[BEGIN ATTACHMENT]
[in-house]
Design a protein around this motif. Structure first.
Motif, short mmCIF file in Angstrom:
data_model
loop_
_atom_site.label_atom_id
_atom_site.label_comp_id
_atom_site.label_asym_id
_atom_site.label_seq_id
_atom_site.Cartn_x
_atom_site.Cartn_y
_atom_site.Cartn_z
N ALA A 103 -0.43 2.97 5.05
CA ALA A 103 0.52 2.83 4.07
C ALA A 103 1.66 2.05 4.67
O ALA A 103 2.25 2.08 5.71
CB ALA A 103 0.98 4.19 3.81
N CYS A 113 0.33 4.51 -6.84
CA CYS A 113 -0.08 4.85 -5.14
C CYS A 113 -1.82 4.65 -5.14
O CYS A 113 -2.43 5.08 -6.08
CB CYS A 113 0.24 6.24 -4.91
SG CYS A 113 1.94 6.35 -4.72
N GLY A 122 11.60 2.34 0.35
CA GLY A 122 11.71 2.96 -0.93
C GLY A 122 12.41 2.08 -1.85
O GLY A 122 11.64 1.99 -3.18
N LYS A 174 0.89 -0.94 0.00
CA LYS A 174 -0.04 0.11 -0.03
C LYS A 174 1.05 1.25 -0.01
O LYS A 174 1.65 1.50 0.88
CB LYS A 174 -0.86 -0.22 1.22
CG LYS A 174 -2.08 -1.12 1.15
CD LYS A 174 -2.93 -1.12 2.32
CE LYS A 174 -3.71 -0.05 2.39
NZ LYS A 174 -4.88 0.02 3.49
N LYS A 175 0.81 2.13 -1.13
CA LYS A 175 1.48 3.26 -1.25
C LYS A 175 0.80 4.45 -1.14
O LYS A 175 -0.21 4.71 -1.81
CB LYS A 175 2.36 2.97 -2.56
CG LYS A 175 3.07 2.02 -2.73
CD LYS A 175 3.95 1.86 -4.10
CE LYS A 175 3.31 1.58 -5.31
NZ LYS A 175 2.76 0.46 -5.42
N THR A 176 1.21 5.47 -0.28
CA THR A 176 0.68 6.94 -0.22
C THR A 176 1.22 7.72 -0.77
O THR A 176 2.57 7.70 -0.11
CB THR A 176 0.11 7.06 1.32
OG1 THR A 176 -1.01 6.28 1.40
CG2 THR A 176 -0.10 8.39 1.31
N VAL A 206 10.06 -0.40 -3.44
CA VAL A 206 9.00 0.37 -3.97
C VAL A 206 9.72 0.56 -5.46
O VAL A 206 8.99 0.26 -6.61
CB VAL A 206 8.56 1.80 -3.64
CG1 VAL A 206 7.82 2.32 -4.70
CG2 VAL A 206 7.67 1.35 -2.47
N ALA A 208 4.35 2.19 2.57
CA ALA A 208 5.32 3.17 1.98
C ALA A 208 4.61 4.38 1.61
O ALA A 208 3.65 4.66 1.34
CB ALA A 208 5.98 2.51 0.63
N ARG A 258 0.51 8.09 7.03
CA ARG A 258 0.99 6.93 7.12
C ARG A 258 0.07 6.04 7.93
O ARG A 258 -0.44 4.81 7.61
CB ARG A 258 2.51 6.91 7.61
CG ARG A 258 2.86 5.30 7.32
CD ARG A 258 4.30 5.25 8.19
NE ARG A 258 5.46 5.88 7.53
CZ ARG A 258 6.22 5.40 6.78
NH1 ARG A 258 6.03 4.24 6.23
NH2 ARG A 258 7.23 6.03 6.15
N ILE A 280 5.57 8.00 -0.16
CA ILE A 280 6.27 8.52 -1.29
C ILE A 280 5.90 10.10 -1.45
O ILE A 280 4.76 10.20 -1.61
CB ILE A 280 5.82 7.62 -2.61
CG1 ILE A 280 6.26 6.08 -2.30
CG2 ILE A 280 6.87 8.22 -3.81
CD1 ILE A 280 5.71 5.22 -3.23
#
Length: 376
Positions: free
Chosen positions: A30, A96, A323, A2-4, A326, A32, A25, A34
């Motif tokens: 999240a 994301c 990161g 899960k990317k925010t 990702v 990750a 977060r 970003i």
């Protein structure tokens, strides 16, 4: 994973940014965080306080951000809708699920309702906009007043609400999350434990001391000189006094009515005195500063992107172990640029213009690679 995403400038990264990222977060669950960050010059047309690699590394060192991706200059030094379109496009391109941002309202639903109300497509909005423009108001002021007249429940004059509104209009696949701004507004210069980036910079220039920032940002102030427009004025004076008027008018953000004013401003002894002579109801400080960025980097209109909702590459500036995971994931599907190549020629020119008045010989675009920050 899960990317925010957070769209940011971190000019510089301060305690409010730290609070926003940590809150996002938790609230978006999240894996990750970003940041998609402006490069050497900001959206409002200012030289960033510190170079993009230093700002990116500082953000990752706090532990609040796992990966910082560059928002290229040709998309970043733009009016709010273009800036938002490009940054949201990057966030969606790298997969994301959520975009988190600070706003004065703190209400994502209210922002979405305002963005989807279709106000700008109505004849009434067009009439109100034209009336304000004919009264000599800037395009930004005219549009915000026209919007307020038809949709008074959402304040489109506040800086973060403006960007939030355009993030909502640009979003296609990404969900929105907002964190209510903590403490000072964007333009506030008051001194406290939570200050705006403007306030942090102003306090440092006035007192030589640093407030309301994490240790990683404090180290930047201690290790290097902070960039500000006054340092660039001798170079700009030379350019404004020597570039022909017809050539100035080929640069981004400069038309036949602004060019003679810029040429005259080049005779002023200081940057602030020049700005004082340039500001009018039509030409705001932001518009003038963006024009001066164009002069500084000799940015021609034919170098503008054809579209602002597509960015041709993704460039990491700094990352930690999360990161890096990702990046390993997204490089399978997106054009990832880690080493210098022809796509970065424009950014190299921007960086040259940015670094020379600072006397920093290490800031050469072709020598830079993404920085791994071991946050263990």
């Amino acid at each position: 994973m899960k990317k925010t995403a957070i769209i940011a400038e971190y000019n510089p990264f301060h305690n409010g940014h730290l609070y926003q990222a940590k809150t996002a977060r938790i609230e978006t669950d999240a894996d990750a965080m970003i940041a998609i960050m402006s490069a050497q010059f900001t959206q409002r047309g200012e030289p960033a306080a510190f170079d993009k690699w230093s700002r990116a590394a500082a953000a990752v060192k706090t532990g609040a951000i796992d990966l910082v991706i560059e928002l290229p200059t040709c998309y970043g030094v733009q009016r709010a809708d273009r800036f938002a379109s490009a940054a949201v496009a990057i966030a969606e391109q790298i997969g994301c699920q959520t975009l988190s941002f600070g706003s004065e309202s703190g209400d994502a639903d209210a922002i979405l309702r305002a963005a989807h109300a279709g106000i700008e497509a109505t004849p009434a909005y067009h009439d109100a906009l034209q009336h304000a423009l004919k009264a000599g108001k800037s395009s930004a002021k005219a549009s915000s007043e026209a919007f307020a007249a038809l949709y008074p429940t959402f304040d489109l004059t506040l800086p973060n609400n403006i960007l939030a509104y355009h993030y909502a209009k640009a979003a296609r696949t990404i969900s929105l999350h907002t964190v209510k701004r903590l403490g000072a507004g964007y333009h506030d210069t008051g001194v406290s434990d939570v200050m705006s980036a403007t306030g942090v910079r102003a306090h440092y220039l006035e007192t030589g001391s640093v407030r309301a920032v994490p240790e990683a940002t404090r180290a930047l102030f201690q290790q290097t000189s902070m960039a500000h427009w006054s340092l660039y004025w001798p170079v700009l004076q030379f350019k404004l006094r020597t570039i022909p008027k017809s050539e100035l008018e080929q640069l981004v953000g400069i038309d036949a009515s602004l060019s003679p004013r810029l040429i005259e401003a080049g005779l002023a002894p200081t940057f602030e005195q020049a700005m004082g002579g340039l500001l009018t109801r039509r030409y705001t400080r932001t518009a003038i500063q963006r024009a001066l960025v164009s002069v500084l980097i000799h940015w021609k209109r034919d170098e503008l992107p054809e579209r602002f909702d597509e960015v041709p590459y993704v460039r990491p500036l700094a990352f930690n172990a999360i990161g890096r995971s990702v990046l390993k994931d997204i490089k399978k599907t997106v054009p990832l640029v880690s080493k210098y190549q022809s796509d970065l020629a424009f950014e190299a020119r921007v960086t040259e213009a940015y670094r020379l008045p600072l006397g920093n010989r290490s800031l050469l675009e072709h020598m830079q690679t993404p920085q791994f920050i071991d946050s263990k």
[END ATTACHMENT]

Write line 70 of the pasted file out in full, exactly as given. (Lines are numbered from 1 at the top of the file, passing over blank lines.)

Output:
CG ARG A 258 2.86 5.30 7.32